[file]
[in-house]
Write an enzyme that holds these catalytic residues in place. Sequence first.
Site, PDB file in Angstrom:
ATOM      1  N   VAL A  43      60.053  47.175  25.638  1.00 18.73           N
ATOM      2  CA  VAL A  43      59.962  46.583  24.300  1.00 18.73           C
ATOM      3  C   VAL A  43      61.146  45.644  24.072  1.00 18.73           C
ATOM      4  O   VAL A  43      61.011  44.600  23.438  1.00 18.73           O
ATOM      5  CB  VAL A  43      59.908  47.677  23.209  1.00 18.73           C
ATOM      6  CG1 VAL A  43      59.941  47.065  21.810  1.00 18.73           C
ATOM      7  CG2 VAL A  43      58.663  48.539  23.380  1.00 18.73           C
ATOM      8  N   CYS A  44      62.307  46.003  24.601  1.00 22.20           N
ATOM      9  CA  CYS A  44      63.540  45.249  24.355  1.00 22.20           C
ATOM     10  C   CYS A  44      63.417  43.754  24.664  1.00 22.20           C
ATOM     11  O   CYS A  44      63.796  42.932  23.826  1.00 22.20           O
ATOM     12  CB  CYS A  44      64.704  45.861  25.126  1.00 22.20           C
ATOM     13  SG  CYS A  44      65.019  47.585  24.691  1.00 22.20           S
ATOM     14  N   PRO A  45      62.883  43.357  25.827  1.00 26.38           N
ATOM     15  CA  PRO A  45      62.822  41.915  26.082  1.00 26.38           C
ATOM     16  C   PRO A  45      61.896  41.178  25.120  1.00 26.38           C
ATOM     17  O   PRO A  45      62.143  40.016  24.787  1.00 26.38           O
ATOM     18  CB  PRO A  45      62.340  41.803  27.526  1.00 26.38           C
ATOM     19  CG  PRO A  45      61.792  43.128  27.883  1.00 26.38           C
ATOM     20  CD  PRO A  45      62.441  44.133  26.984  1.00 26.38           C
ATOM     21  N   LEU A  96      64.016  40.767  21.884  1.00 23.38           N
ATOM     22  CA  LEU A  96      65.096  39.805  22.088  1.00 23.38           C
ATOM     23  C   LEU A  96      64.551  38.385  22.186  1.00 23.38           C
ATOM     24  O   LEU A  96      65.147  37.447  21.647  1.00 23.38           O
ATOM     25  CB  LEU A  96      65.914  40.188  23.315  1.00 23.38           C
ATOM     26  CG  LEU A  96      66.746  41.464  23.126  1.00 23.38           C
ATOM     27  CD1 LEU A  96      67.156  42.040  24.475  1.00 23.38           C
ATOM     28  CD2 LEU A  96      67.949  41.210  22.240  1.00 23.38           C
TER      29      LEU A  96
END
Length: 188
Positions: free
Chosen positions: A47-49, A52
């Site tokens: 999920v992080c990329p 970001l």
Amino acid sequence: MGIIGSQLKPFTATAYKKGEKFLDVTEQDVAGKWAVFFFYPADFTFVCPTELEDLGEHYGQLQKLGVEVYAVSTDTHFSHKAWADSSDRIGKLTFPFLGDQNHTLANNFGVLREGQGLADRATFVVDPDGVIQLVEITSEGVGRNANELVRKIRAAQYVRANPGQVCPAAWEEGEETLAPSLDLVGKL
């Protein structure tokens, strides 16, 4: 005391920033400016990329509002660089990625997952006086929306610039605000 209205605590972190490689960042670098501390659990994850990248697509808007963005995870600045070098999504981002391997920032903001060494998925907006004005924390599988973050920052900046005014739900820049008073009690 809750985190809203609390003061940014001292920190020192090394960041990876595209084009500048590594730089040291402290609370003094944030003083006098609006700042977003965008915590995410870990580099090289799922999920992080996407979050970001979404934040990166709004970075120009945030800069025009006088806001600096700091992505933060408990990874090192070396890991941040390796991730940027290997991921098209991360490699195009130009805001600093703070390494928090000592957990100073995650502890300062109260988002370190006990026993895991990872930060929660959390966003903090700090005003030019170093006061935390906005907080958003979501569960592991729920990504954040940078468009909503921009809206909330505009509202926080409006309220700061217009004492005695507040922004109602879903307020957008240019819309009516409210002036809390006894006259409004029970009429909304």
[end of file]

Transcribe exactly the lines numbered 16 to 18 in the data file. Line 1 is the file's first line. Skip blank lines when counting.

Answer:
ATOM     13  SG  CYS A  44      65.019  47.585  24.691  1.00 22.20           S
ATOM     14  N   PRO A  45      62.883  43.357  25.827  1.00 26.38           N
ATOM     15  CA  PRO A  45      62.822  41.915  26.082  1.00 26.38           C